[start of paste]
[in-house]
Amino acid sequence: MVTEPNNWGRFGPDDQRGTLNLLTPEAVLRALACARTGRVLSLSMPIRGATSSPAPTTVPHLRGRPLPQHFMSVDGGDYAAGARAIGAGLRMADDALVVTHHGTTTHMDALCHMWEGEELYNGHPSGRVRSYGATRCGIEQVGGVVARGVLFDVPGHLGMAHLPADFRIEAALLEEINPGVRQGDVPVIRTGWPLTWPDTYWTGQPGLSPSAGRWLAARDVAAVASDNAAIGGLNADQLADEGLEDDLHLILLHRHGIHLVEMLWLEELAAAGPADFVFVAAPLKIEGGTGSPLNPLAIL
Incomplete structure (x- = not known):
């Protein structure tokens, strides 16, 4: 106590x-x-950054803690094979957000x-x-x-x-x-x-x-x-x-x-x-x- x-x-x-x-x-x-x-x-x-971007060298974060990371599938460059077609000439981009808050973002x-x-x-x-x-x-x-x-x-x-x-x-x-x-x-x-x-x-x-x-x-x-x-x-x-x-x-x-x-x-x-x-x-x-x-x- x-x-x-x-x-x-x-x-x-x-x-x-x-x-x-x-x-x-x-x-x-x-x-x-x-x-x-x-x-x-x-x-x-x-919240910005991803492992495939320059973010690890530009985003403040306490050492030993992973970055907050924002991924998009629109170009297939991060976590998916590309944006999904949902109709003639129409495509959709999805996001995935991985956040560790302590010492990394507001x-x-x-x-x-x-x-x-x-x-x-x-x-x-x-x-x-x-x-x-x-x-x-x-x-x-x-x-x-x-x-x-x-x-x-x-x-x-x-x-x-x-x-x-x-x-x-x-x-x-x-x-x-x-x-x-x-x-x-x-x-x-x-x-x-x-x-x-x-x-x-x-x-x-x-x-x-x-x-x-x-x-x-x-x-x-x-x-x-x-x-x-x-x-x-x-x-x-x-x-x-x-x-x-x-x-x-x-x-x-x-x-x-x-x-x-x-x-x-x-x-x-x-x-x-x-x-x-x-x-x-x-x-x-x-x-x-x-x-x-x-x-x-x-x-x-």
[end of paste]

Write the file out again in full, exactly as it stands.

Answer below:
[in-house]
Amino acid sequence: MVTEPNNWGRFGPDDQRGTLNLLTPEAVLRALACARTGRVLSLSMPIRGATSSPAPTTVPHLRGRPLPQHFMSVDGGDYAAGARAIGAGLRMADDALVVTHHGTTTHMDALCHMWEGEELYNGHPSGRVRSYGATRCGIEQVGGVVARGVLFDVPGHLGMAHLPADFRIEAALLEEINPGVRQGDVPVIRTGWPLTWPDTYWTGQPGLSPSAGRWLAARDVAAVASDNAAIGGLNADQLADEGLEDDLHLILLHRHGIHLVEMLWLEELAAAGPADFVFVAAPLKIEGGTGSPLNPLAIL
Incomplete structure (x- = not known):
């Protein structure tokens, strides 16, 4: 106590x-x-950054803690094979957000x-x-x-x-x-x-x-x-x-x-x-x- x-x-x-x-x-x-x-x-x-971007060298974060990371599938460059077609000439981009808050973002x-x-x-x-x-x-x-x-x-x-x-x-x-x-x-x-x-x-x-x-x-x-x-x-x-x-x-x-x-x-x-x-x-x-x-x- x-x-x-x-x-x-x-x-x-x-x-x-x-x-x-x-x-x-x-x-x-x-x-x-x-x-x-x-x-x-x-x-x-x-919240910005991803492992495939320059973010690890530009985003403040306490050492030993992973970055907050924002991924998009629109170009297939991060976590998916590309944006999904949902109709003639129409495509959709999805996001995935991985956040560790302590010492990394507001x-x-x-x-x-x-x-x-x-x-x-x-x-x-x-x-x-x-x-x-x-x-x-x-x-x-x-x-x-x-x-x-x-x-x-x-x-x-x-x-x-x-x-x-x-x-x-x-x-x-x-x-x-x-x-x-x-x-x-x-x-x-x-x-x-x-x-x-x-x-x-x-x-x-x-x-x-x-x-x-x-x-x-x-x-x-x-x-x-x-x-x-x-x-x-x-x-x-x-x-x-x-x-x-x-x-x-x-x-x-x-x-x-x-x-x-x-x-x-x-x-x-x-x-x-x-x-x-x-x-x-x-x-x-x-x-x-x-x-x-x-x-x-x-x-x-």